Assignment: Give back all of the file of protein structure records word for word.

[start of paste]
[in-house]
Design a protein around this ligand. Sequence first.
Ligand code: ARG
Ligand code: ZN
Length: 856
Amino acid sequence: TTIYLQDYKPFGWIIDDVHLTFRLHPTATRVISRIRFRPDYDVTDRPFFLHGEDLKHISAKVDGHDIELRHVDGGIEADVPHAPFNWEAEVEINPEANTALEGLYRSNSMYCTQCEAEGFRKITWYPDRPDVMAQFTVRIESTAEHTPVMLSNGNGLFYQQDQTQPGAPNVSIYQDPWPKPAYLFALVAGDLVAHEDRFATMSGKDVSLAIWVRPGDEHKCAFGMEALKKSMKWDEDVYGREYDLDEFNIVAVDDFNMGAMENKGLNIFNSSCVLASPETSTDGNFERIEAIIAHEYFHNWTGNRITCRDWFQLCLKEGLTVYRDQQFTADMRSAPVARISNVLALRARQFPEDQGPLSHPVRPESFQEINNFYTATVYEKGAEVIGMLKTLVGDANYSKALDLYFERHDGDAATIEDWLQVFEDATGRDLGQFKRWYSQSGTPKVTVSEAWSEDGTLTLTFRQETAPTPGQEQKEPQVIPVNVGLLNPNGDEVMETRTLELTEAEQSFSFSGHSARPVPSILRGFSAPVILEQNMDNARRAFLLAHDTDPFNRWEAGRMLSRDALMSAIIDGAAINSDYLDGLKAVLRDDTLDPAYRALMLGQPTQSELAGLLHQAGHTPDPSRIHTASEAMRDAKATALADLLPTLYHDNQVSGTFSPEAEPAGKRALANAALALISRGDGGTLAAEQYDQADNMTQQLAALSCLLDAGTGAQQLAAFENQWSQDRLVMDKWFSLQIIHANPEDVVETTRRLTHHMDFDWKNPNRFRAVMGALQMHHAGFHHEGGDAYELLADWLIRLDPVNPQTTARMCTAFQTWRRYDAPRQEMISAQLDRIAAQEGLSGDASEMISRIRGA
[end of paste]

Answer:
[in-house]
Design a protein around this ligand. Sequence first.
Ligand code: ARG
Ligand code: ZN
Length: 856
Amino acid sequence: TTIYLQDYKPFGWIIDDVHLTFRLHPTATRVISRIRFRPDYDVTDRPFFLHGEDLKHISAKVDGHDIELRHVDGGIEADVPHAPFNWEAEVEINPEANTALEGLYRSNSMYCTQCEAEGFRKITWYPDRPDVMAQFTVRIESTAEHTPVMLSNGNGLFYQQDQTQPGAPNVSIYQDPWPKPAYLFALVAGDLVAHEDRFATMSGKDVSLAIWVRPGDEHKCAFGMEALKKSMKWDEDVYGREYDLDEFNIVAVDDFNMGAMENKGLNIFNSSCVLASPETSTDGNFERIEAIIAHEYFHNWTGNRITCRDWFQLCLKEGLTVYRDQQFTADMRSAPVARISNVLALRARQFPEDQGPLSHPVRPESFQEINNFYTATVYEKGAEVIGMLKTLVGDANYSKALDLYFERHDGDAATIEDWLQVFEDATGRDLGQFKRWYSQSGTPKVTVSEAWSEDGTLTLTFRQETAPTPGQEQKEPQVIPVNVGLLNPNGDEVMETRTLELTEAEQSFSFSGHSARPVPSILRGFSAPVILEQNMDNARRAFLLAHDTDPFNRWEAGRMLSRDALMSAIIDGAAINSDYLDGLKAVLRDDTLDPAYRALMLGQPTQSELAGLLHQAGHTPDPSRIHTASEAMRDAKATALADLLPTLYHDNQVSGTFSPEAEPAGKRALANAALALISRGDGGTLAAEQYDQADNMTQQLAALSCLLDAGTGAQQLAAFENQWSQDRLVMDKWFSLQIIHANPEDVVETTRRLTHHMDFDWKNPNRFRAVMGALQMHHAGFHHEGGDAYELLADWLIRLDPVNPQTTARMCTAFQTWRRYDAPRQEMISAQLDRIAAQEGLSGDASEMISRIRGA